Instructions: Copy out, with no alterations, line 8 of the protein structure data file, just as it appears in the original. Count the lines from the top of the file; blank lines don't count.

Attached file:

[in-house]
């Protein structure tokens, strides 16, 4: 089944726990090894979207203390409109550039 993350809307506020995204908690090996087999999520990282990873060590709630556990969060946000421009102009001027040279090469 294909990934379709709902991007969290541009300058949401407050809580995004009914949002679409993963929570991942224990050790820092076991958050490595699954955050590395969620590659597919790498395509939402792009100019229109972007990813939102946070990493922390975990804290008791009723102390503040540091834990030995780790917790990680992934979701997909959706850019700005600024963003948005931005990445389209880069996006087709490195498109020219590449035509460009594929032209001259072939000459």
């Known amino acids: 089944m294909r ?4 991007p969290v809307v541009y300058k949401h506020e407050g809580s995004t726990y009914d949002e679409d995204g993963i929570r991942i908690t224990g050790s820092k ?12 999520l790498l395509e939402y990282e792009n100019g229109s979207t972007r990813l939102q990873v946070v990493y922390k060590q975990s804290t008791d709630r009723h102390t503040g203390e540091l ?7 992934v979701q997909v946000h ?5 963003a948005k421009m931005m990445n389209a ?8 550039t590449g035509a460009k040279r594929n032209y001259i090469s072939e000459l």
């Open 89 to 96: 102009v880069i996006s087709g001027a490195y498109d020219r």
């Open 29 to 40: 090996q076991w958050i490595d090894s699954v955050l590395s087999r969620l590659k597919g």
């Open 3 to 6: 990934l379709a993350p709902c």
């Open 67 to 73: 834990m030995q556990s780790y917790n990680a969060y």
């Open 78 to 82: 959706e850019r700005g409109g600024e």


């Open 78 to 82: 959706e850019r700005g409109g600024e």